Entries tagged with: Tim Kasher
Birthmark at The Stone in 2012
Birthmark, the solo project of Nate Kinsella (Joan of Arc, Make Believe), who released his debut album, Antibodies, last year, will continue to tour internationally this month and into March. That tour includes a leg supporting Tim Kasher of Cursive and hits the NYC area on March 14 at Knitting Factory (tickets) and March 15 at Maxwell's (tickets).
Before that, Birthmark will also play his own show in NYC, which happens on February 24 at the Bowery Electric with Phone Home and Gentleman Brawlers. No advance tickets for that one at the moment.
A list of all Birthmark dates and the video for Birthmark's "Big Man" are below...
The Queers are going on tour with fellow Ramones worshippers Teenage Bottlerocket and Masked Intruder which hits NYC on March 2 at Santos Party House. Tickets for that show are on sale now. All dates are listed below.
'90s alt-lite faves Sixpence None the Richer play Knitting Factory on February 6. Tickets for that show are on sale now.
Toots & the Maytals are playing with Galactic and Nigel Hall Band at Terminal 5 on April 13. Tickets for that show go on AmEx/Ticketmaster presale today at noon with a general on-sale starting Friday (1/11) at noon.
Hirsute Pursuit (mem of Thee Majesty) will team with the ever controversial Boyd Rice/NON as part of a show at Europa on January 24th. Support will come from Cult of Youth and House of Blondes. Tickets for that show are on sale now.
Celtic punks The Tossers are playing Mercury Lounge on March 8 with Continental. Tickets for that show go on AmEx presale today at noon with a general on-sale starting Friday (1/11) at noon.
All Queers, Teenage Bottlerocket, Masked Intruder dates are listed below...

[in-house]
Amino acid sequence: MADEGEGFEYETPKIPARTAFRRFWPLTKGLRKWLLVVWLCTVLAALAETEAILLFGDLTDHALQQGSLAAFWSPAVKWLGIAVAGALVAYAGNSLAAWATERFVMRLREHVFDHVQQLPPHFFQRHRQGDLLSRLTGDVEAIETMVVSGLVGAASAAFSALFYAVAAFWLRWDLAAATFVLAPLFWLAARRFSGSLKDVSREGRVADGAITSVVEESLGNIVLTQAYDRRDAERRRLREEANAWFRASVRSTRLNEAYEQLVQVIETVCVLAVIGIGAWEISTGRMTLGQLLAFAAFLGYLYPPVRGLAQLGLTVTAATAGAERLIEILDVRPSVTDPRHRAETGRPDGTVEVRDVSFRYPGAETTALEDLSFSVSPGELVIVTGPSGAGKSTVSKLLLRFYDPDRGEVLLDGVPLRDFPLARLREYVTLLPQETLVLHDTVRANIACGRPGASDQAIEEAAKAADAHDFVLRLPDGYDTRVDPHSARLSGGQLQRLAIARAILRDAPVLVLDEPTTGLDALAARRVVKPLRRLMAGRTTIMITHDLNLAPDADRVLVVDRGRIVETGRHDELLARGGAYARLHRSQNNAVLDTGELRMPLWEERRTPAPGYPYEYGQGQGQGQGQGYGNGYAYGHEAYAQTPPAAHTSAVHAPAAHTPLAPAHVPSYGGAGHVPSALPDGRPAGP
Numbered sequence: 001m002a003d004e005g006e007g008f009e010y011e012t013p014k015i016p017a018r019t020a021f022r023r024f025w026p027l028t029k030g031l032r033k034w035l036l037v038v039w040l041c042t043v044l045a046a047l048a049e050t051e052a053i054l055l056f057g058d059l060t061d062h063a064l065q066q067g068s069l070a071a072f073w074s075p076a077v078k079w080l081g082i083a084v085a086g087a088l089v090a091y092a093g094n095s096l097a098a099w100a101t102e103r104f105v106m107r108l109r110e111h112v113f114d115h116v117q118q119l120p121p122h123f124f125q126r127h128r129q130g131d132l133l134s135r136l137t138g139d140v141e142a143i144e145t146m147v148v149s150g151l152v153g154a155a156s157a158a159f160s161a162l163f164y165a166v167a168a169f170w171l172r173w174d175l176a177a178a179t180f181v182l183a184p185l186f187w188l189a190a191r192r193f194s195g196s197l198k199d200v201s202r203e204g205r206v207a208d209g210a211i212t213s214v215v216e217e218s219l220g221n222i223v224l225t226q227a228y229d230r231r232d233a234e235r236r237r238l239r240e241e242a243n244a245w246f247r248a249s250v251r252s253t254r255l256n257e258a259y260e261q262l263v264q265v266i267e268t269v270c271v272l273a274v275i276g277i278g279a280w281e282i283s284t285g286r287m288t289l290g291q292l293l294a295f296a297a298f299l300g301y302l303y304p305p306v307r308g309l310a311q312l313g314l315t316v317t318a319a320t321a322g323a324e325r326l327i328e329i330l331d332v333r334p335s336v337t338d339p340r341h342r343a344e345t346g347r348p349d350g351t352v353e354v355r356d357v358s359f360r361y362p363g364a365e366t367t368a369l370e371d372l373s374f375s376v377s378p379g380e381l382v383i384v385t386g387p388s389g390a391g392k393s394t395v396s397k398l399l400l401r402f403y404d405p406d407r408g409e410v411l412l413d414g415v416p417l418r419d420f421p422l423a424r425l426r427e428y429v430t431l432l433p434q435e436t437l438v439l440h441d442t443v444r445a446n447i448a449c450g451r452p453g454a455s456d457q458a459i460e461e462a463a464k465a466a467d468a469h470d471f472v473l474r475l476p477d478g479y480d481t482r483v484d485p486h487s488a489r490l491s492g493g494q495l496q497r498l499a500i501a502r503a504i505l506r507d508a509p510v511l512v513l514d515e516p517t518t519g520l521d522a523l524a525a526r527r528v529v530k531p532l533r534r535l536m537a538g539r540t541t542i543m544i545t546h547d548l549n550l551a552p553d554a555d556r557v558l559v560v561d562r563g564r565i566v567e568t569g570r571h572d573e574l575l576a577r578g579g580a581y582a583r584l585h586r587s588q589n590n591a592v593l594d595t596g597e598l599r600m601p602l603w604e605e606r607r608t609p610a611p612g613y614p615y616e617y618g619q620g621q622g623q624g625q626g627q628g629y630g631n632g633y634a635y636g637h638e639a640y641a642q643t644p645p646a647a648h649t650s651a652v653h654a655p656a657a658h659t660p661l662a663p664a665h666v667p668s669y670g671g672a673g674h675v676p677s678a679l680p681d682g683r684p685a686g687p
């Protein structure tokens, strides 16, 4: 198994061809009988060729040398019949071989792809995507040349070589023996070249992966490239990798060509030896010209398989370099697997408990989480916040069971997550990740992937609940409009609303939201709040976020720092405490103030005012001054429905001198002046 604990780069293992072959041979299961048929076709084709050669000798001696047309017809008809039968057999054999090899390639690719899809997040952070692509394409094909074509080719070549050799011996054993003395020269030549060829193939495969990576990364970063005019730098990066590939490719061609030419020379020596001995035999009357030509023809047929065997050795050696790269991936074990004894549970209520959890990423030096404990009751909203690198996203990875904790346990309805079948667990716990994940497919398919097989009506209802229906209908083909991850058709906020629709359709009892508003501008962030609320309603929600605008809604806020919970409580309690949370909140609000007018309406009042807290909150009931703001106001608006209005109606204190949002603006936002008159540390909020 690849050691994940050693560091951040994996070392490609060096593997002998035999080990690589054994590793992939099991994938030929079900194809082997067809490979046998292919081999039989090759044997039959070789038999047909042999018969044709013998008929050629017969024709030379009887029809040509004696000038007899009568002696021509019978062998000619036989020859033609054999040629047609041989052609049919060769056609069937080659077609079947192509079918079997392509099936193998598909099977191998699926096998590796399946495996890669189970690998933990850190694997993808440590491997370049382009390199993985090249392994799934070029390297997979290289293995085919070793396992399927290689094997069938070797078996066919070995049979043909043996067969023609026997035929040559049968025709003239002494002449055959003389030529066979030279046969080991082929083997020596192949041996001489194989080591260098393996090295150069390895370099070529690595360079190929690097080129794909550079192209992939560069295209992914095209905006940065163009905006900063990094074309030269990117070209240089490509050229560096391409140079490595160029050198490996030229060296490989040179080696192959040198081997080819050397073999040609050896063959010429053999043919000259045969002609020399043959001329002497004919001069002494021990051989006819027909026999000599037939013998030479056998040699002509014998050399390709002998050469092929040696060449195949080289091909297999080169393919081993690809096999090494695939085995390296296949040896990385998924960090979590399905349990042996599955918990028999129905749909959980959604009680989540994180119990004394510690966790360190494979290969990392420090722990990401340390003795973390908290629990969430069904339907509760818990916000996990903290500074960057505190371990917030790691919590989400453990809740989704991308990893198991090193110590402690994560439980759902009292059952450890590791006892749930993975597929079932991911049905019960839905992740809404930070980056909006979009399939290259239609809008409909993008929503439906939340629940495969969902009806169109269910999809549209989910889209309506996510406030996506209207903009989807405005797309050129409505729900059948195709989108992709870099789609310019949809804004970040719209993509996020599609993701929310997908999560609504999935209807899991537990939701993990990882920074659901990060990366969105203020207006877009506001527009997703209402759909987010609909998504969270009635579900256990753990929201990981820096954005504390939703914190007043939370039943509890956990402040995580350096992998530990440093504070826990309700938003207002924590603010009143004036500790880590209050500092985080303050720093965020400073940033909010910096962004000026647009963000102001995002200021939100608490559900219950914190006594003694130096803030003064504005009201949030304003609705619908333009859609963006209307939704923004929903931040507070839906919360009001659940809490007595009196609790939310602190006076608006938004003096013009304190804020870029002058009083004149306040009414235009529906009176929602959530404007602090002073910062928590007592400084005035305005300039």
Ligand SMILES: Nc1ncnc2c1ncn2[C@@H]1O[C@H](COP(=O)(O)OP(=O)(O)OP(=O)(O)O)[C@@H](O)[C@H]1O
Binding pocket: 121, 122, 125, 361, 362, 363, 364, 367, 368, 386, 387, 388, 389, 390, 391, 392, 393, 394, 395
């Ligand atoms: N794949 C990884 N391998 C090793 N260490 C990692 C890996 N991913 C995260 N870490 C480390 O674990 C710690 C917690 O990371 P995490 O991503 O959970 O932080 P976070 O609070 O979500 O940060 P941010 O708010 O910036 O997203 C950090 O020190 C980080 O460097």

Tim Kasher w/ Cursive at House of Vans in August (more by Ryan Muir)
Cursive/The Good Life frontman Tim Kasher, who also has a solo LP to his name, has announced a few Northeast US dates that he'll be playing this March. Two of those dates are in the NYC area, including Knitting Factory Brooklyn on March 14 and Maxwell's on March 15. Tickets for the Knitting Factory show and the Maxwell's show are on sale now.
A list of all dates and the video for "Cold Love" from his solo LP, The Game of Monogamy, are below...
Tim Kasher at The Rock Shop in 2010 (more by Amanda Hatfield)
Tim Kasher (Cursive/The Good Life) announced a tour and tour EP Bigamy: More Songs From The Monogamy Sessions. The EP will only be available on the tour and at the Saddle Creek webstore. The 7-track EP features some material recorded during the Monogamy sessions but was largely recorded separately this Spring.
The headlining tour kicks off in late August and runs through September. It hits NYC on August 24 at Mercury Lounge. Tickets go on sale Friday (6/17) at noon. No openers have been announced yet.